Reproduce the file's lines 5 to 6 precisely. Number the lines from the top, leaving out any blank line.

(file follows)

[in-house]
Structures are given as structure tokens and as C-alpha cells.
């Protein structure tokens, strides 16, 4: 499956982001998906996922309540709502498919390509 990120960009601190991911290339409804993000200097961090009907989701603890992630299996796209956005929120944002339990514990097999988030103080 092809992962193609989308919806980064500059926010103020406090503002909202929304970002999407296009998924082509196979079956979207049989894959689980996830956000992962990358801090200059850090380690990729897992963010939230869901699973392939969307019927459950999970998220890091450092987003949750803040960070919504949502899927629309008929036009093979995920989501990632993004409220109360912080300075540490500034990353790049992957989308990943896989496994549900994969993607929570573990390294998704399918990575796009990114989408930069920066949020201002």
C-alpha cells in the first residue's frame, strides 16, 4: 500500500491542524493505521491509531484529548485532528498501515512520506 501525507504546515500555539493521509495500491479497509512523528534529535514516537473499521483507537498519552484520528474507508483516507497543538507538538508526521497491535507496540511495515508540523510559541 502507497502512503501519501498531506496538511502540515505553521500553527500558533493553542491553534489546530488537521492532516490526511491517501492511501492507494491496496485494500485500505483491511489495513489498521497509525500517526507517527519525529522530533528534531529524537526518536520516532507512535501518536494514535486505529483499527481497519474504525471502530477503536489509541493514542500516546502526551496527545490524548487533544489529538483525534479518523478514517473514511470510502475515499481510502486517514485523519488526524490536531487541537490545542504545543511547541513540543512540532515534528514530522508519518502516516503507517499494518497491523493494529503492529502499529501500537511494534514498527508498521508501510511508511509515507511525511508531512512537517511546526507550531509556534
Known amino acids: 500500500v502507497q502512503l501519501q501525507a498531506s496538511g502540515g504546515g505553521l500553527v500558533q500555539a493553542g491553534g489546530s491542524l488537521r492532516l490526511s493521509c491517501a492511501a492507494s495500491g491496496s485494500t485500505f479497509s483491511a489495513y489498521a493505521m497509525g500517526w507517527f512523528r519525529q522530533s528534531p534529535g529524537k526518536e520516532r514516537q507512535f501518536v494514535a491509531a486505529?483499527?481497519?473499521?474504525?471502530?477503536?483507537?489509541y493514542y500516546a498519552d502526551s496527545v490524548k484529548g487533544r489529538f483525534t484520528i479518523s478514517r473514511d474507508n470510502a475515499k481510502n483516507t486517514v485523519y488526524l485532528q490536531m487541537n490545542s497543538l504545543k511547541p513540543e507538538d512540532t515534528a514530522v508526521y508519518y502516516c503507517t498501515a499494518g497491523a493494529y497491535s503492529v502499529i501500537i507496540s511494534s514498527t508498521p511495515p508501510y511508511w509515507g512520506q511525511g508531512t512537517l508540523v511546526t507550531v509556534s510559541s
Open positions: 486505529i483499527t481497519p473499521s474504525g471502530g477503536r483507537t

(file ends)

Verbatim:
Known amino acids: 500500500v502507497q502512503l501519501q501525507a498531506s496538511g502540515g504546515g505553521l500553527v500558533q500555539a493553542g491553534g489546530s491542524l488537521r492532516l490526511s493521509c491517501a492511501a492507494s495500491g491496496s485494500t485500505f479497509s483491511a489495513y489498521a493505521m497509525g500517526w507517527f512523528r519525529q522530533s528534531p534529535g529524537k526518536e520516532r514516537q507512535f501518536v494514535a491509531a486505529?483499527?481497519?473499521?474504525?471502530?477503536?483507537?489509541y493514542y500516546a498519552d502526551s496527545v490524548k484529548g487533544r489529538f483525534t484520528i479518523s478514517r473514511d474507508n470510502a475515499k481510502n483516507t486517514v485523519y488526524l485532528q490536531m487541537n490545542s497543538l504545543k511547541p513540543e507538538d512540532t515534528a514530522v508526521y508519518y502516516c503507517t498501515a499494518g497491523a493494529y497491535s503492529v502499529i501500537i507496540s511494534s514498527t508498521p511495515p508501510y511508511w509515507g512520506q511525511g508531512t512537517l508540523v511546526t507550531v509556534s510559541s
Open positions: 486505529i483499527t481497519p473499521s474504525g471502530g477503536r483507537t